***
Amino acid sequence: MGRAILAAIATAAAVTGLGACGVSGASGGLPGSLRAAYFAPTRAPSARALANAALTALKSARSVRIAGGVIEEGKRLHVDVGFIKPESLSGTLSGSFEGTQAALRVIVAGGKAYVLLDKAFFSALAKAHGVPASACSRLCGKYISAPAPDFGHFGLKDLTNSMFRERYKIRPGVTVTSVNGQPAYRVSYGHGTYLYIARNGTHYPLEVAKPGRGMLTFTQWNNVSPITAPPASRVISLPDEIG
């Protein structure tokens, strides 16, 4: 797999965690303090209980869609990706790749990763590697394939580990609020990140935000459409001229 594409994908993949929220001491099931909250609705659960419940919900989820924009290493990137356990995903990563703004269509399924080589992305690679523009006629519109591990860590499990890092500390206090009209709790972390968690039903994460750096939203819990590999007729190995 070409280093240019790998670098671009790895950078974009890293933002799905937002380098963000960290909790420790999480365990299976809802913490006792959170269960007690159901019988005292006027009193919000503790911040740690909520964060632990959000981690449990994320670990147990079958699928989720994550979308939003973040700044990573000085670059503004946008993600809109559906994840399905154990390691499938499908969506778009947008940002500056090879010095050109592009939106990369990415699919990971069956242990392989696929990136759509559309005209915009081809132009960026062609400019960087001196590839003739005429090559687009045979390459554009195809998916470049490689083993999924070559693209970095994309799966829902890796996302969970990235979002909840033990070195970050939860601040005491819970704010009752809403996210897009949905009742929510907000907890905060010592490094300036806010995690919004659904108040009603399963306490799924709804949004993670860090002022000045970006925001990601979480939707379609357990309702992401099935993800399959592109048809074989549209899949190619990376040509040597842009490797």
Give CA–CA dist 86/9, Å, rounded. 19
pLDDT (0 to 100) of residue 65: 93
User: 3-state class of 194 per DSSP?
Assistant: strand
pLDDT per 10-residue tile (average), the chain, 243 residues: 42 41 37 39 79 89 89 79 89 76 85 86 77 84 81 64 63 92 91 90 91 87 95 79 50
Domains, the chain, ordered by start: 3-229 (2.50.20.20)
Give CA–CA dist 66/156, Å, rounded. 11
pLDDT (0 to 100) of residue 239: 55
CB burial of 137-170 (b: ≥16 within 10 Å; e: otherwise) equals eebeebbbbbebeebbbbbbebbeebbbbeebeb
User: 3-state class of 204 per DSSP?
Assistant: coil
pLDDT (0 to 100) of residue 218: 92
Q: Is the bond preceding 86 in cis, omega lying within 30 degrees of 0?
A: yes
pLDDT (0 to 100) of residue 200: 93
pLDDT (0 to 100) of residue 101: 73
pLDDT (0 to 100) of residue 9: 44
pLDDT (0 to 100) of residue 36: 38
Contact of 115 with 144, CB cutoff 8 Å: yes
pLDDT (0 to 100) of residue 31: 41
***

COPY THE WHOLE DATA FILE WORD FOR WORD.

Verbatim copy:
Amino acid sequence: MGRAILAAIATAAAVTGLGACGVSGASGGLPGSLRAAYFAPTRAPSARALANAALTALKSARSVRIAGGVIEEGKRLHVDVGFIKPESLSGTLSGSFEGTQAALRVIVAGGKAYVLLDKAFFSALAKAHGVPASACSRLCGKYISAPAPDFGHFGLKDLTNSMFRERYKIRPGVTVTSVNGQPAYRVSYGHGTYLYIARNGTHYPLEVAKPGRGMLTFTQWNNVSPITAPPASRVISLPDEIG
């Protein structure tokens, strides 16, 4: 797999965690303090209980869609990706790749990763590697394939580990609020990140935000459409001229 594409994908993949929220001491099931909250609705659960419940919900989820924009290493990137356990995903990563703004269509399924080589992305690679523009006629519109591990860590499990890092500390206090009209709790972390968690039903994460750096939203819990590999007729190995 070409280093240019790998670098671009790895950078974009890293933002799905937002380098963000960290909790420790999480365990299976809802913490006792959170269960007690159901019988005292006027009193919000503790911040740690909520964060632990959000981690449990994320670990147990079958699928989720994550979308939003973040700044990573000085670059503004946008993600809109559906994840399905154990390691499938499908969506778009947008940002500056090879010095050109592009939106990369990415699919990971069956242990392989696929990136759509559309005209915009081809132009960026062609400019960087001196590839003739005429090559687009045979390459554009195809998916470049490689083993999924070559693209970095994309799966829902890796996302969970990235979002909840033990070195970050939860601040005491819970704010009752809403996210897009949905009742929510907000907890905060010592490094300036806010995690919004659904108040009603399963306490799924709804949004993670860090002022000045970006925001990601979480939707379609357990309702992401099935993800399959592109048809074989549209899949190619990376040509040597842009490797």
Give CA–CA dist 86/9, Å, rounded. 19
pLDDT (0 to 100) of residue 65: 93
User: 3-state class of 194 per DSSP?
Assistant: strand
pLDDT per 10-residue tile (average), the chain, 243 residues: 42 41 37 39 79 89 89 79 89 76 85 86 77 84 81 64 63 92 91 90 91 87 95 79 50
Domains, the chain, ordered by start: 3-229 (2.50.20.20)
Give CA–CA dist 66/156, Å, rounded. 11
pLDDT (0 to 100) of residue 239: 55
CB burial of 137-170 (b: ≥16 within 10 Å; e: otherwise) equals eebeebbbbbebeebbbbbbebbeebbbbeebeb
User: 3-state class of 204 per DSSP?
Assistant: coil
pLDDT (0 to 100) of residue 218: 92
Q: Is the bond preceding 86 in cis, omega lying within 30 degrees of 0?
A: yes
pLDDT (0 to 100) of residue 200: 93
pLDDT (0 to 100) of residue 101: 73
pLDDT (0 to 100) of residue 9: 44
pLDDT (0 to 100) of residue 36: 38
Contact of 115 with 144, CB cutoff 8 Å: yes
pLDDT (0 to 100) of residue 31: 41